7 Questions with Noel Ferrao
Name: Noel Ferrao
Current title: Vice President
Current organisation: Olam International Limited
Am responsible for the import procurement of the Packaged Foods Business of Olam International Limited and have two decades of experience in 3PL, SCM, Procurement and PnL Management.
1. What have you found most challenging as a CEO or executive of a large enterprise?
The imperative to keep tabs on external variables and ensuring the best possible outcome for the organization. Often there is no available benchmark for like to like responses and hence actions need to be fastest possible at the shortest possible time.
2. How did you become a CEO or executive of a large enterprise? Can you please briefly tell the story?
I have two decades of professional experience which spans 3 PL, PnL Management, Business Development, Procurement and Supply Chain Management. First of my ten years was as a service provider and the next ten as a user; having worked across diverse functions as I have, gives me an appreciation of the various moving parts in an organsation.
I have consciously sought newer challenges in every phase of my career that led me to various roles in the same organisation (close to 18.5 years of my experience has been in 2 organisations) as well as helped me transition from one organisation to another
3. How do you structure your work days from waking up to going to sleep?
I start my day at about 630 am scanning emails for anything urgent but do not actively start work on any of them until I have finished an hour of Prayer, upto an hour of workout and about an hour of scanning about 3 newspapers. I start work between 930 - 945 am and plan out my day basis my calendar as well as emails received. I try to close in on the tasks that require close concentration / attention early in the day and then move to the routine follow ups and review calls. I get busy by about 4 pm as Nigeria opens up followed by Ghana an hour later. While work doesnt ever end, I wind up by about 10 pm and read up for another hour and a half. I prefer reading up on current affairs / non fiction and usually sleep by about 12 pm.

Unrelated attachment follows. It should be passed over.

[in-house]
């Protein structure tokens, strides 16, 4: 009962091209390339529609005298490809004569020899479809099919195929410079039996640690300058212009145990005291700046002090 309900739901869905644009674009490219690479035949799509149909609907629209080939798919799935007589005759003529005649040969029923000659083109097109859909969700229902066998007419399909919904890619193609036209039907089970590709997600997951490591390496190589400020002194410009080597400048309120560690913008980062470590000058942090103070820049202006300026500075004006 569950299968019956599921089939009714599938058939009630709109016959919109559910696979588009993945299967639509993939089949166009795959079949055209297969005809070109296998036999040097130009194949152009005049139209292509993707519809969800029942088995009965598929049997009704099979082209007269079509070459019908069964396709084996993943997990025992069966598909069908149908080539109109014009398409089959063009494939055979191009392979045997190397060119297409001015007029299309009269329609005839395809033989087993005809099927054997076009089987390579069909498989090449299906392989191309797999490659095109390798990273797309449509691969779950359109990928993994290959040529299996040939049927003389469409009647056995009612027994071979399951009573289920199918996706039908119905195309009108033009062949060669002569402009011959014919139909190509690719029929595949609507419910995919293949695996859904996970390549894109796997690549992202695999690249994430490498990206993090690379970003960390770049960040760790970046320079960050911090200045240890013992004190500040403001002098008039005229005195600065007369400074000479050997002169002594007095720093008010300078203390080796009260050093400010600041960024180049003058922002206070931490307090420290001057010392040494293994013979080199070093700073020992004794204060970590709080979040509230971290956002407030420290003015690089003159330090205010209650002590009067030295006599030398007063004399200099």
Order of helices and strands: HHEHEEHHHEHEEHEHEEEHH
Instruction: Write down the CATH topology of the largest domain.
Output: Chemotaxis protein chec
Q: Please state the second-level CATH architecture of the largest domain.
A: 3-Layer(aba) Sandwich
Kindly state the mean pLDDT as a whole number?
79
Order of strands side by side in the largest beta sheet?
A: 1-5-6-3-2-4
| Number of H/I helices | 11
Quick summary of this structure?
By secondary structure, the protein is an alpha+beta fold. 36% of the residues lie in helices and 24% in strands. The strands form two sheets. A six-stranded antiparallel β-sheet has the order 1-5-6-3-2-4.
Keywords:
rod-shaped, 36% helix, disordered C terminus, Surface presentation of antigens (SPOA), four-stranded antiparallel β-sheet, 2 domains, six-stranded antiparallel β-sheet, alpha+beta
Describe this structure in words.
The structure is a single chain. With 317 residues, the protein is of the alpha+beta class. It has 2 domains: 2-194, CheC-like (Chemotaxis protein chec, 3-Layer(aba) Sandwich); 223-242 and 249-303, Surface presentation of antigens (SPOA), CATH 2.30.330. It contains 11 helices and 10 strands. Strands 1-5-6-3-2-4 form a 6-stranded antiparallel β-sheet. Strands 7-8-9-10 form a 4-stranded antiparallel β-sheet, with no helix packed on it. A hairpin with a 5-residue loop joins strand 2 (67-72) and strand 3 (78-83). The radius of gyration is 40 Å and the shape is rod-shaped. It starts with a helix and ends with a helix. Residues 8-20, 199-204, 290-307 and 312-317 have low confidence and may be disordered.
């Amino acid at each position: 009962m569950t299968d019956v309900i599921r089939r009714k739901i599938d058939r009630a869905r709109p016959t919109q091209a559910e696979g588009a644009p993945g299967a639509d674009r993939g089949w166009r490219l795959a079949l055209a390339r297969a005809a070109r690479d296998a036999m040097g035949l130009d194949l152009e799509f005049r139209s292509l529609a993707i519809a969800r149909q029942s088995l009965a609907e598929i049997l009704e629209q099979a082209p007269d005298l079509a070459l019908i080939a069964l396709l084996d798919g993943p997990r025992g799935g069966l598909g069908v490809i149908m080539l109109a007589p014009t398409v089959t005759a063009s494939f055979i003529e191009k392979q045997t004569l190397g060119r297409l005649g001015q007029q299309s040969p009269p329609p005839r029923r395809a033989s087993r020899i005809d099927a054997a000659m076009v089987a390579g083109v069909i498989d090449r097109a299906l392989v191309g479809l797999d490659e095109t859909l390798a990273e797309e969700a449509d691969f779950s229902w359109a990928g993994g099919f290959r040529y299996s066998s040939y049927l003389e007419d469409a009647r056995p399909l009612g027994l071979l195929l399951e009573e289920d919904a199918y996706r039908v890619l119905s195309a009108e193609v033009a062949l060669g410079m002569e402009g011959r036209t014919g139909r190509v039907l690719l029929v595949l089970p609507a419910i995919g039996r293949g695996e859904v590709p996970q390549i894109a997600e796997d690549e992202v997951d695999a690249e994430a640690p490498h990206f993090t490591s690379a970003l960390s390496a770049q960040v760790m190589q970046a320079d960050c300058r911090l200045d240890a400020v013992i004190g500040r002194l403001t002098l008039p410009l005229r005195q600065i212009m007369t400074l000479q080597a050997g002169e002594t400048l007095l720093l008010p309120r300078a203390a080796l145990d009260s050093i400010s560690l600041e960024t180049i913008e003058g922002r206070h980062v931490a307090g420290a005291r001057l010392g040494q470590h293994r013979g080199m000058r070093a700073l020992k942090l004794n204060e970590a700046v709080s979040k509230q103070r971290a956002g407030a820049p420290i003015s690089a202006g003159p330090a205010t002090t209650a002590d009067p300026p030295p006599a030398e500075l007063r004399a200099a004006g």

4. What’s the most recent significant leadership lesson you’ve learned?
The lockdown world over brought about the need to infuse generous doses of empathy in leadership styles. People reacted to the same issue in many different ways and hence it was important to align everybody and take the teams along while holding up on expected service levels.
5. What one book has had the most profound impact on your leadership so far? Can you please briefly tell the story of how that book impacted your leadership?
There are many such books that I had a lot to take away from but one that made a profound impact was "The Long walk to Freedom" which is an autobiography of Nelson Mandela. The fact that one could face trials as immense as Mandela and yet persevere for about 3 decades to see one's dream come true is a strong lesson for all of us.
6. How do you build leadership capacity in a large enterprise?
While recruiting people, I personally look at attitude and aptitude. Sometimes I even oversee the latter if we have abundance of the former. A 'can do attitude' can surmount many hurdles and constant mentoring and coaching helps build and develop one's leadership trait. It is also important to recognise different leadership styles and to respect individuality while not losing sight of organisational objectives.
7. If you had to pick just one story, what would be the most meaningful story from your time as a CEO or executive of a large enterprise so far?
One such story would be a cross functional team we created for brainstorming and implementing a cost saving project. We had team members from Finance, Manufacturing, Procurement, Product Development and Marketing and realised $ 2.2 mn savings in a year. What remains meaningful was that there was no visible leader for the Project but al of us had a common objective which we worked towards.